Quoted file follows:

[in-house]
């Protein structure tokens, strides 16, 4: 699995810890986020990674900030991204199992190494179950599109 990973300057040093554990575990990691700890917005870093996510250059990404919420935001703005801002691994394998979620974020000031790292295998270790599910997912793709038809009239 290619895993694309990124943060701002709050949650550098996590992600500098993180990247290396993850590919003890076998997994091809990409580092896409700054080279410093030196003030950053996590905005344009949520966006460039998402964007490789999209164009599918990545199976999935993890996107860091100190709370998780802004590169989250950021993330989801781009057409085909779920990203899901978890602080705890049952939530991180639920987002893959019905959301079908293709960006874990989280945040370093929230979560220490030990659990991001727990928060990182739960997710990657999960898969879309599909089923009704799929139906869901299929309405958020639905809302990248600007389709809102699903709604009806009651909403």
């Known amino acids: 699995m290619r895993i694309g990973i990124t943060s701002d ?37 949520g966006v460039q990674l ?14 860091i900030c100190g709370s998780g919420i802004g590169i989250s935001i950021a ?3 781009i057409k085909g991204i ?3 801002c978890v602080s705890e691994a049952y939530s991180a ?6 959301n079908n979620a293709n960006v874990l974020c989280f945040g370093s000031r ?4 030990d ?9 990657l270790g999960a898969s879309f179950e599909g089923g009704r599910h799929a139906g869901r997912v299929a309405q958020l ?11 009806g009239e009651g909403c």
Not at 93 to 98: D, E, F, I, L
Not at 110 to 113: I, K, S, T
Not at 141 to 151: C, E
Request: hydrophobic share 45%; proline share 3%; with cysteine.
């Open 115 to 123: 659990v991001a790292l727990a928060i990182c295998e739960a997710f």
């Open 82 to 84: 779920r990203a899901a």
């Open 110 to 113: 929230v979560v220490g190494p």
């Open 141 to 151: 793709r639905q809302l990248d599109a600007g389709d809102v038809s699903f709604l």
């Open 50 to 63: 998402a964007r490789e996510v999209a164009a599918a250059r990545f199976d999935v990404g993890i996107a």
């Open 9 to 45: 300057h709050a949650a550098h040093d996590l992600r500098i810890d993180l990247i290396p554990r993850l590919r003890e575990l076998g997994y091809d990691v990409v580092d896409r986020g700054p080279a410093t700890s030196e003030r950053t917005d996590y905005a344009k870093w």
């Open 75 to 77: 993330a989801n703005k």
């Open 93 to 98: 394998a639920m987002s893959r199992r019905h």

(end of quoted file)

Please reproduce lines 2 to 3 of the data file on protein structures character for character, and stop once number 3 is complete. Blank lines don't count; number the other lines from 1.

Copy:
């Protein structure tokens, strides 16, 4: 699995810890986020990674900030991204199992190494179950599109 990973300057040093554990575990990691700890917005870093996510250059990404919420935001703005801002691994394998979620974020000031790292295998270790599910997912793709038809009239 290619895993694309990124943060701002709050949650550098996590992600500098993180990247290396993850590919003890076998997994091809990409580092896409700054080279410093030196003030950053996590905005344009949520966006460039998402964007490789999209164009599918990545199976999935993890996107860091100190709370998780802004590169989250950021993330989801781009057409085909779920990203899901978890602080705890049952939530991180639920987002893959019905959301079908293709960006874990989280945040370093929230979560220490030990659990991001727990928060990182739960997710990657999960898969879309599909089923009704799929139906869901299929309405958020639905809302990248600007389709809102699903709604009806009651909403």
């Known amino acids: 699995m290619r895993i694309g990973i990124t943060s701002d ?37 949520g966006v460039q990674l ?14 860091i900030c100190g709370s998780g919420i802004g590169i989250s935001i950021a ?3 781009i057409k085909g991204i ?3 801002c978890v602080s705890e691994a049952y939530s991180a ?6 959301n079908n979620a293709n960006v874990l974020c989280f945040g370093s000031r ?4 030990d ?9 990657l270790g999960a898969s879309f179950e599909g089923g009704r599910h799929a139906g869901r997912v299929a309405q958020l ?11 009806g009239e009651g909403c």